Lawrence gets crash course in 'Dorm Daze'

It is about a sausage.

It is about a bag of money.

It is about a case of mistaken identity.

Bottom line is that the new film from "National Lampoon Presents Dorm Daze" concerns that critical phase in many college student's life: living in a coed dorm.

Produced and directed by David and Scott Hillenbrand, the film is a comedic look at an unusual day in the fictitious McMartin Hall, located at the equally fictitious Billingsley University. Following a cast of more than a dozen principal players, the slapstick effort chronicles a bizarre chain of events, including a foreign exchange student mistaken for a prostitute and a coed who happens upon a purse full of cash, that plagues the inhabitants of the dorm.

The filmmakers, who visited Lawrence on Saturday to promote the picture, recall the unusual way it fell into their hands.

"We found the script at Hollywood Video," remembers Scott Hillenbrand, who went in to rent a movie and was handed the screenplay by one of the store's employees. "We were the second people to read it because they had just gotten into town."

Highly impressed by the script, penned by Minnesota natives Patrick Casey and Worm Miller, the brothers began the journey of bringing it to the screen.

"We knew from the beginning that we had to create the right vibe, the right atmosphere to pull everyone onto the same page," David says.

"We took this to our casting director, and asked him what do you think of this material," recalls Scott. "How do you think the really cool, hip, brat pack of today actors will respond to it?"


Special to the Journal-World

Patrick Renna plays a girl-crazed party boy in "National Lampoon Presents Dorm Daze."

His response, "Phenomenal."

College casting

Danielle Fishel, best known as Topanga from the popular sitcom, "Boy Meets World," signed on to portray the fast-talking Marla. Unhappy about a prostitute visiting the dorm, she and cohort Lynne, played by actress Jennifer Lyons ("Can't Hardly Wait"), take matters into their own hands.

While visiting Lawrence with Fishel, Lyons explains the love-hate relationship they felt for their respective characters.

"I knew girls like this," she says. "The reason I didn't go to live in a dorm was because of girls like Lynne and Marla."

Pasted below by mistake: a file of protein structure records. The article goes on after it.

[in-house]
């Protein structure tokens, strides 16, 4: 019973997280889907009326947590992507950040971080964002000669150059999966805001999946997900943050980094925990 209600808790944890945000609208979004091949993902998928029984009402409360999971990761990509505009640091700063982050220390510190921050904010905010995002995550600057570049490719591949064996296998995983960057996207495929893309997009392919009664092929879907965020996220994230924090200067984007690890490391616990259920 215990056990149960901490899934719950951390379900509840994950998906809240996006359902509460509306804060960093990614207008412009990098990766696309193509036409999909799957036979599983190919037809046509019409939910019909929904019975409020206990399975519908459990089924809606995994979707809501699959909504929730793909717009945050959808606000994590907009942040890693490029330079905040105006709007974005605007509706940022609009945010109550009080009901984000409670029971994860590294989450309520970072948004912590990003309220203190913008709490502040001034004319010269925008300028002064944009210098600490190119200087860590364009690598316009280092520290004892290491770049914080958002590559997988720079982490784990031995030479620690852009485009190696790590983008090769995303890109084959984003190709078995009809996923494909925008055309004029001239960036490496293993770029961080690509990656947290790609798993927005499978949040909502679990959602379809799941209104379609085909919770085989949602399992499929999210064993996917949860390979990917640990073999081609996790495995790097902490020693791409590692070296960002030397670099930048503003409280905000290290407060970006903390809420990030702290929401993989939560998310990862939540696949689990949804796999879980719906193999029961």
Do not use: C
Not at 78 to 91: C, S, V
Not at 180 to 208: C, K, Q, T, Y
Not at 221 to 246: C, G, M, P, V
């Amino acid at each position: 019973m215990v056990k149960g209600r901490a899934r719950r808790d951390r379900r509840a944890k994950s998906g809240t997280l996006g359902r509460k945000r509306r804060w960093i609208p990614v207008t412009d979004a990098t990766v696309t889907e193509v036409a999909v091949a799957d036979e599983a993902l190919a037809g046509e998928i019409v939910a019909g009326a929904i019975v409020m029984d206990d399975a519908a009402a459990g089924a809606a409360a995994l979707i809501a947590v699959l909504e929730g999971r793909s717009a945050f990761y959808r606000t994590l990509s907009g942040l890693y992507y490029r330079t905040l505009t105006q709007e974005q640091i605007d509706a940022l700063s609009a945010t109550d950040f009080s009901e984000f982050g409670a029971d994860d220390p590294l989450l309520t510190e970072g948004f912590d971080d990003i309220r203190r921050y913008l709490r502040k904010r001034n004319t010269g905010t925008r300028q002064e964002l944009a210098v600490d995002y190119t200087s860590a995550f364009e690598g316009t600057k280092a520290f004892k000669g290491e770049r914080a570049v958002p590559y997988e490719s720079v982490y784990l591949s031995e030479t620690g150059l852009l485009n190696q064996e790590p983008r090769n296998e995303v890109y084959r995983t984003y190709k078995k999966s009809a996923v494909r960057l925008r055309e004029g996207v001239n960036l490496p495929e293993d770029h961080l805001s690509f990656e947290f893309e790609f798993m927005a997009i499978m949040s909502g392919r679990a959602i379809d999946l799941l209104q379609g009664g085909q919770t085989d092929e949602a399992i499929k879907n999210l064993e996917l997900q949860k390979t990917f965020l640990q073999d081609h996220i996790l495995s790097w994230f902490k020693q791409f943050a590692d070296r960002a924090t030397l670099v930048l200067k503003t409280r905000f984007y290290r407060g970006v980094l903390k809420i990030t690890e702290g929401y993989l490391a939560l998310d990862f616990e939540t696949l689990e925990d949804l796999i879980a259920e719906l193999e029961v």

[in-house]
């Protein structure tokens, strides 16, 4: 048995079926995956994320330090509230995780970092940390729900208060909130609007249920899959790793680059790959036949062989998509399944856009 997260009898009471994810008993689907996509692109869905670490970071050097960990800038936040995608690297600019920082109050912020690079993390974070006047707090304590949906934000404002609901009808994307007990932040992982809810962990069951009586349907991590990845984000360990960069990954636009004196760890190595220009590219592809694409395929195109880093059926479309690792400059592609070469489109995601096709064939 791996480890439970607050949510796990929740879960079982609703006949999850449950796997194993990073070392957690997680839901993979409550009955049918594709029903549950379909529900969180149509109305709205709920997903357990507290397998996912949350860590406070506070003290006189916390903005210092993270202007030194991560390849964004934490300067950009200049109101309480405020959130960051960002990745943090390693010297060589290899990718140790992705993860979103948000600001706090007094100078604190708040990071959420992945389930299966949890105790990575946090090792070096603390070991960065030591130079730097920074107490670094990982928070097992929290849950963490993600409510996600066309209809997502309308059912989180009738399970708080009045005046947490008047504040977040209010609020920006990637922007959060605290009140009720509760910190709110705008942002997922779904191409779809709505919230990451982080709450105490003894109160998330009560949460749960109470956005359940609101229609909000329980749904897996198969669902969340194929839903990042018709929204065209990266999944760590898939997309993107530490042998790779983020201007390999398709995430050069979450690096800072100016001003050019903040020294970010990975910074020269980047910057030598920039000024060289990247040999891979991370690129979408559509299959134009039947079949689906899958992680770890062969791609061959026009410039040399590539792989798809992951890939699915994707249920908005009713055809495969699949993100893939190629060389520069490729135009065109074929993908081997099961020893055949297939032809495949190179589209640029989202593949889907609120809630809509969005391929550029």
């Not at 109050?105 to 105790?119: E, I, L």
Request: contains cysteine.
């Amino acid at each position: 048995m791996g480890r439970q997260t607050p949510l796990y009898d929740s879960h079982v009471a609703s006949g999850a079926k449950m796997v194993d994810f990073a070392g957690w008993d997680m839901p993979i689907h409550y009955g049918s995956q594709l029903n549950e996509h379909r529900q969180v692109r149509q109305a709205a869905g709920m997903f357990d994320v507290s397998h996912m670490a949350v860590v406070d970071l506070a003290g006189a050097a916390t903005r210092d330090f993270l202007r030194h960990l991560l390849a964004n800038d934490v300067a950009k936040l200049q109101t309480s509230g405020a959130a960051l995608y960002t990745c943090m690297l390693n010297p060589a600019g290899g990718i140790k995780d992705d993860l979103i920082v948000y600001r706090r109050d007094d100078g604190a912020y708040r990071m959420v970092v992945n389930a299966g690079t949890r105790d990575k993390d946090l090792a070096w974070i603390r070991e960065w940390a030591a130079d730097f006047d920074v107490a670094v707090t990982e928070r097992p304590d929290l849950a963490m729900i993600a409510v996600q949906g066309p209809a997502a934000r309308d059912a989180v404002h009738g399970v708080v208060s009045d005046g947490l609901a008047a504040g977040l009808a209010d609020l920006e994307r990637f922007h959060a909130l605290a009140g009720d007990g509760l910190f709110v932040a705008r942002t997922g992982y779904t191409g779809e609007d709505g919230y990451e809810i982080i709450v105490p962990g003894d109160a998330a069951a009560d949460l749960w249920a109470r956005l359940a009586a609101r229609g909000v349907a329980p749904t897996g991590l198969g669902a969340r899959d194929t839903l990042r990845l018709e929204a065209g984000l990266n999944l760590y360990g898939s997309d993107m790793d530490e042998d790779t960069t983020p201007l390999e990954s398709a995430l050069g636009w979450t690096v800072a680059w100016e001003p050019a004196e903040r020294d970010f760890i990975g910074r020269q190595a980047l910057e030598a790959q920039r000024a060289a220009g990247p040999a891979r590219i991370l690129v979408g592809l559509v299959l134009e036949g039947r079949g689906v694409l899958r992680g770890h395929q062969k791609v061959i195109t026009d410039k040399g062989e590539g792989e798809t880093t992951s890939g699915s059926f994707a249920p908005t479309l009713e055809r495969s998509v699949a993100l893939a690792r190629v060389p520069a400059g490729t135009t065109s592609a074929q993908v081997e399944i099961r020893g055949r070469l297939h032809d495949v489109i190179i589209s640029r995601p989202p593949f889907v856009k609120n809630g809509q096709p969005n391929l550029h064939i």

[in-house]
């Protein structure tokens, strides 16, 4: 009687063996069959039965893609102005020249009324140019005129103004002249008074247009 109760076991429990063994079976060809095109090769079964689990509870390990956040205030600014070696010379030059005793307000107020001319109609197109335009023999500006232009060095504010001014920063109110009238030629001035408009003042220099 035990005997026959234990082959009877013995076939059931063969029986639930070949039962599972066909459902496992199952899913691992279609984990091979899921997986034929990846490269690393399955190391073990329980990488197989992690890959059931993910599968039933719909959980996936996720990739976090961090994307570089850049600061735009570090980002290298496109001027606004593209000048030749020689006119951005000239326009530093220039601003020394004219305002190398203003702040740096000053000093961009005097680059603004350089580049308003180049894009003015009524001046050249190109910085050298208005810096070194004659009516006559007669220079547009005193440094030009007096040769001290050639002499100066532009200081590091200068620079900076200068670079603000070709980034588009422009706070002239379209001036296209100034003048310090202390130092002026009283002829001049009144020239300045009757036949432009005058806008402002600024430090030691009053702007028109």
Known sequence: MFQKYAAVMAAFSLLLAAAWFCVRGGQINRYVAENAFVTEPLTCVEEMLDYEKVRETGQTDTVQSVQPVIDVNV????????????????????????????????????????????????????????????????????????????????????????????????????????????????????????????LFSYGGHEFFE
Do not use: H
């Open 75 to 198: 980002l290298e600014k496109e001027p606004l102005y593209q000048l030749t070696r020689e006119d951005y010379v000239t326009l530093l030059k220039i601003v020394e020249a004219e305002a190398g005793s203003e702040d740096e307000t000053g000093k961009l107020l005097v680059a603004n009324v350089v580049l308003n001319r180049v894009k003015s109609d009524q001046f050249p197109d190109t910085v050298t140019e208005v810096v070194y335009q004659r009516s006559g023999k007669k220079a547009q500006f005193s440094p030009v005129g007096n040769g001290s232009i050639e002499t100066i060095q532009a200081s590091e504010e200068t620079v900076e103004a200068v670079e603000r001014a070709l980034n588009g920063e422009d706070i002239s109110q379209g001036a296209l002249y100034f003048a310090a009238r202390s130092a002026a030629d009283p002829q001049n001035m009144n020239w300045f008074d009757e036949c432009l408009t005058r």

Even though the film is about the antics of campus housing inhabitants, the cast feels one doesn't have to be a student to connect with it.

"I think anyone, who's ever been in college or not -- if you are between the ages of 18 and 25 -- are going to find something you have been through or something that is really funny to relate to," believes Fishel.

Patrick Renna, star of such films as "The Sandlot," stars as Styles, the quintessential goofy party boy perpetually on a quest for beautiful women. He also feels the movie has something for everyone.

"The guys all have these beautiful women to look at," he muses, "and the girls will all have me to look at -- something for all ages."

Orchestrating the 'Daze'

One of the biggest challenges facing the directors was the sheer enormity of the cast. The finale brings the majority of the principal players together in a fast-paced, door-slamming, comedy of errors.

"The final scenes were one of the hardest to choreograph," remembers David. "From the filmmaking standpoint, it's so many planes of action. You're focused on one person, but as they walk past, another door opens on another character."

The Hillenbrands also found it important to keep the cast's energy level up. One of the ways this was accomplished was by playing music between takes -- a favorite being the soundtrack to the hit musical "Moulin Rouge."

"We wanted to create an atmosphere where everyone was happy, excited and lively," says Scott. "The music sets the mood, so we played it constantly."

The directors also encouraged improvisation from their players, noting that many of the mannerisms of Styles were developed by Renna himself. Taking this to extreme though were Fishel and Lyons, who overindulged in several scenes that called for them to eat copious amounts of chocolate, peanut butter and ice cream.

"We had to do the scenes so many times, that by the time we had done it four or five times, we were on such a sugar high," remembers Fishel. "We were laughing so hard we had tears streaming down our faces. And after that we got sick."

Taking it on the road

Upon completing the production, the brothers showed the film to National Lampoon. The franchise brand known for comedies like "Animal House" and the recent "Van Wilder" agreed to release the screwball comedy, despite having no creative involvement with it.

"The folks at National Lampoon jumped on it," Scott says.

Now all that is left is getting the college age demographic on the bandwagon. With ample gross-out gags, gratuitous nudity and all the other ingredients for success, the filmmakers and cast are taking that show on the road.

The Lawrence and Kansas City areas are their first stops on a college city tour. While in town promoting the movie (which opens this week at Hollywood Theaters' Southwind Twelve), they also visited local night spots Abe & Jake's Landing and Last Call.

Fishel summed up her feelings about her visit to Kansas: "The first time I was here, I was only here for one night. But today we sat on the balcony and were like, 'We really LIKE this place.'"

With plans for a possible sequel and other ventures based on the film, the actors and directors are very excited to see how it plays with the college demographic. Overall, they believe the university crowd will enjoy it.

"We have it all," exclaims Renna. "Sex, drugs and rock 'n' roll. Sausages, hookers and a big bag of money."


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